This paper addresses the question: to what extent do insights from smaller, nearshore marine protected areas (MPAs) regarding the importance of participatory processes apply to large and remote MPAs (LMPAs)? To date there has been little empirical research about stakeholder participation in LMPA designation processes outside of the Great Barrier Reef Marine Park context. Through an analysis of documents and 90 interviews collected by two independent research projects, this paper examines the designation process of a U.S. LMPA, the Marianas Trench Marine National Monument (MTMNM), which was established in the waters of the U.S. territories of the Commonwealth of the Northern Mariana Islands (CNMI) and Guam through a presidential proclamation under the U.S. Antiquities Act in 2009. Results indicate that overall the designation process for the Monument did not cohere with recommendations from nearshore MPA research about the importance of participation and transparency. Despite widespread support for conservation in that space, the proposed Monument was highly controverial. Stakeholders on all sides of the issue – advocates and opponents alike – expressed criticisms of the designation process. Concerns were related to the speed and perceived top-down nature of the process, the involvement of external entities, and the appropriateness of the process design for the local CNMI context. Data collected showed that much of the opposition to the Monument stemmed from how the process was conducted, rather than opposition to conservation. These findings suggest that a more participatory, collaborative, transparent, and culturally appropriate designation process might have achieved a similar conservation outcome while reducing conflict and enduring resentment. We derive six lessons learned from the MTMNM designation process that may be useful for LMPAs globally. Results suggest that key lessons from conventional MPAs about effective consultation and participation processes can apply to LMPAs, but also that new guidance is needed to account for the unique features of LMPAs.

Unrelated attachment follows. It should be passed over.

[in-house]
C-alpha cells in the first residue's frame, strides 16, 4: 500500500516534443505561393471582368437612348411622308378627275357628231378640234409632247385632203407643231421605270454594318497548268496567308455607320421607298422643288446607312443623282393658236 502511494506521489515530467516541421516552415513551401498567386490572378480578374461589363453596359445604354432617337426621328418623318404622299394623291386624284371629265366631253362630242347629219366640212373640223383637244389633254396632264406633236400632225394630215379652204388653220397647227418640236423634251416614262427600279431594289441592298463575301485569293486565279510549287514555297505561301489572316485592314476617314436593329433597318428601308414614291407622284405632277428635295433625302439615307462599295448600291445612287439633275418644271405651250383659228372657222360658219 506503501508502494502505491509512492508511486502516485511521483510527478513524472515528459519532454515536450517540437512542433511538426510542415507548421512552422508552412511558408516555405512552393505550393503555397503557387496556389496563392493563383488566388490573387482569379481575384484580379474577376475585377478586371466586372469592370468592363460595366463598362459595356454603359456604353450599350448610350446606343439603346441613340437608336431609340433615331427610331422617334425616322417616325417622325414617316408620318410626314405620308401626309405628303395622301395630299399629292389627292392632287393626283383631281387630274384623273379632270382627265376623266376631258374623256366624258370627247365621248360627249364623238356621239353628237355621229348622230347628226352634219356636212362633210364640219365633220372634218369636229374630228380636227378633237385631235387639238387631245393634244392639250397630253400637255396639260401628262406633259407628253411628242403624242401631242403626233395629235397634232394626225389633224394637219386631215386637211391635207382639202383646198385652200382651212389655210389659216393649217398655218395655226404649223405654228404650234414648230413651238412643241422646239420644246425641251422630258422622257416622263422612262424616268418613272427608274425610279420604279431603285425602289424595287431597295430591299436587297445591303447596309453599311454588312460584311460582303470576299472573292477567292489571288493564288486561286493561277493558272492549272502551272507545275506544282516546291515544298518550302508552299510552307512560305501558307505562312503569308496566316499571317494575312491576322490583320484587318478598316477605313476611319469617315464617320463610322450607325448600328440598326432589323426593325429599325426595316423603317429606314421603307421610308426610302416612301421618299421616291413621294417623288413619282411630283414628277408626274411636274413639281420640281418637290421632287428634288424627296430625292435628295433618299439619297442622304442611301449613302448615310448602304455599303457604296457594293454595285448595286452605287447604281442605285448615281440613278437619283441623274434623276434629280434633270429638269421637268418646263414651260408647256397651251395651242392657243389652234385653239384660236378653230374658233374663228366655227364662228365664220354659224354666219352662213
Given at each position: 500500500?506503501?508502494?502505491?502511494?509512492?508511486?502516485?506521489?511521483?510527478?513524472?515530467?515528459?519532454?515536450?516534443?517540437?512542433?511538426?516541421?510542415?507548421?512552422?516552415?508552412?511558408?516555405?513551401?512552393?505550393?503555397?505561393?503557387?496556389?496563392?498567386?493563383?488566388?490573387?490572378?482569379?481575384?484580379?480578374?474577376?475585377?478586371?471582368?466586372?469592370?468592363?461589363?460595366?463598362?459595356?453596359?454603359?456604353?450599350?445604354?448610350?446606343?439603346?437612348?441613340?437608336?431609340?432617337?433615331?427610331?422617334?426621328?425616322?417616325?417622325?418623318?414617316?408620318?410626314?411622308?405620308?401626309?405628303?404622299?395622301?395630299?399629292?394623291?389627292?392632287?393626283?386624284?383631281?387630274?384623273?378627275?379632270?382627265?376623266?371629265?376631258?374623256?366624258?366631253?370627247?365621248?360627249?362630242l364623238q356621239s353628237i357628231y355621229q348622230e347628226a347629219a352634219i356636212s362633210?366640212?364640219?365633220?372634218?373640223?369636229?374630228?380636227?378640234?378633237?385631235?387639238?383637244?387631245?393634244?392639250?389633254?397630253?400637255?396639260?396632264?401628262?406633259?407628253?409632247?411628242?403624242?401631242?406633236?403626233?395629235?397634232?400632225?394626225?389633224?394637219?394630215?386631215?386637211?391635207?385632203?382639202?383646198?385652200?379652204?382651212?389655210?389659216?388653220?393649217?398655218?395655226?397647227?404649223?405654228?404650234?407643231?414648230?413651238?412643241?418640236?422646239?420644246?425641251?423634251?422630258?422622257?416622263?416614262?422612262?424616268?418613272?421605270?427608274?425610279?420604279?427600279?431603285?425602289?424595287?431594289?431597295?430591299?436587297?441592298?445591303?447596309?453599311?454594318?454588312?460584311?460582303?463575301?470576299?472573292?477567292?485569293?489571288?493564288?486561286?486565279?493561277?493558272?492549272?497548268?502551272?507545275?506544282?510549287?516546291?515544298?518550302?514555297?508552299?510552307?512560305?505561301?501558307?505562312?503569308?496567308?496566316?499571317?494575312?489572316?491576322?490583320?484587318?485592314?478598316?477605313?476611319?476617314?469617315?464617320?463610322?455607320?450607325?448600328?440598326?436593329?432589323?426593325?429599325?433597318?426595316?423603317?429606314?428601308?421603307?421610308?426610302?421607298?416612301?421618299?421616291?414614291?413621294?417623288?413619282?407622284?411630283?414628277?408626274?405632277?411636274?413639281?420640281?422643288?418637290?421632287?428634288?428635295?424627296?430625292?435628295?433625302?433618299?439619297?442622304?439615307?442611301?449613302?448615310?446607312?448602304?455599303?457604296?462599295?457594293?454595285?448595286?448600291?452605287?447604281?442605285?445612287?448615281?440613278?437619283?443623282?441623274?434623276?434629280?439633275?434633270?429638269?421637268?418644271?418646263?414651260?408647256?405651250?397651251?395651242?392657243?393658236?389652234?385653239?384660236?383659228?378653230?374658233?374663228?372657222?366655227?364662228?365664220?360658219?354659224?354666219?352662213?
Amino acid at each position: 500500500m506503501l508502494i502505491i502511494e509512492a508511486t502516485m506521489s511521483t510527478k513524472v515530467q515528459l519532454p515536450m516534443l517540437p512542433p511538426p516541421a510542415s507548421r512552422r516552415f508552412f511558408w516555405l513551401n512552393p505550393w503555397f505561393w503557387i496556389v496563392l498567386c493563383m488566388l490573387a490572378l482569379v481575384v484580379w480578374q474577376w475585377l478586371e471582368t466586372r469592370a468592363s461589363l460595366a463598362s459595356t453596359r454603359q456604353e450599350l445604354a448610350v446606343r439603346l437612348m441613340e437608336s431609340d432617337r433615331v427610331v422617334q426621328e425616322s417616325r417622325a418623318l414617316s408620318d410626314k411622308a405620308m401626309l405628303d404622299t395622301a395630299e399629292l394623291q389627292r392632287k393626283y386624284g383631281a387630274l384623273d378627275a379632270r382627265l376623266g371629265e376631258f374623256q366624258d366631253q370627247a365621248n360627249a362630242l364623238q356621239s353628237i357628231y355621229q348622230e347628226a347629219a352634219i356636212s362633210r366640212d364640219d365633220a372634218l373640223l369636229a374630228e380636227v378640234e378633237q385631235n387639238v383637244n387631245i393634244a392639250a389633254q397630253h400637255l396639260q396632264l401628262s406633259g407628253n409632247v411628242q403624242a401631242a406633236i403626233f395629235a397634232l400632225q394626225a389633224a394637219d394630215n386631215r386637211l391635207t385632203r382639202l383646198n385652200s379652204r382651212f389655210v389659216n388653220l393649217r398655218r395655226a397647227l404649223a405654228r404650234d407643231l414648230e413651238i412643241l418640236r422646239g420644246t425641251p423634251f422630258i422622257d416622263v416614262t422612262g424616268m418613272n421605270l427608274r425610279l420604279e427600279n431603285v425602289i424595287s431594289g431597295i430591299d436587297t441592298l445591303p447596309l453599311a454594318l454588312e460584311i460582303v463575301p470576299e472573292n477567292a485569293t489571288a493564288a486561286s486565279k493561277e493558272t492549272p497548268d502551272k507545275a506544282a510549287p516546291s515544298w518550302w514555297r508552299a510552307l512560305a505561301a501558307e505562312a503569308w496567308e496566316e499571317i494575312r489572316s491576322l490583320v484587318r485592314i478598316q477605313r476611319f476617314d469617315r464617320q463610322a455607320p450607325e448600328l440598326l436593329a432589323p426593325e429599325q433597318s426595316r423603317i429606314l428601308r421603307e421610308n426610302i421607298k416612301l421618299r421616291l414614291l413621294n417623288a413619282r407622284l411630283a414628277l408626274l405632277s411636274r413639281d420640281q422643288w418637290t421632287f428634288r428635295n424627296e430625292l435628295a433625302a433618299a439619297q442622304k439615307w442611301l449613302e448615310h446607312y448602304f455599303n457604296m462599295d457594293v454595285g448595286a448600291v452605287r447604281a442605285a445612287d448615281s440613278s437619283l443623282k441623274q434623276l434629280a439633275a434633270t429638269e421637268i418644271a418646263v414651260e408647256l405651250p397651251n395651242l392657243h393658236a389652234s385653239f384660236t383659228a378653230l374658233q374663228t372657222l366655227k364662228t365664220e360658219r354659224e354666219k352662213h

To determine the relationship between the intent of owners of homes located near sea turtle nesting beaches in the state of Florida to engage in coastal conservation easements (CCE), the theory of planned behavior (TPB), environmental identity (EI) and relevant demographics were analyzed. As CCEs are a novel application of a proven conservation tool, a statewide survey was administered to 1274 property owners living within a mile of a protected section of sea turtle nesting habitat (e.g. state park, preserve, wildlife refuge). Multiple linear regression showed coastal property owners were more likely to engage with a CCE if they believed they had the ability and opportunity, held positive attitudes about entering into a CCE, and identified more favorably with potential CCE motivators for property owners. These motivators include receiving assistance from a conservation organization to manage their beachfront land; conserving beach habitat; obtaining annual tax deductions; and trusting the organization administering a CCE. Knowing these motivators and demographics of coastal property owners can help aid coastal land conservationists in crafting strategies to conserve sea turtle nesting beaches.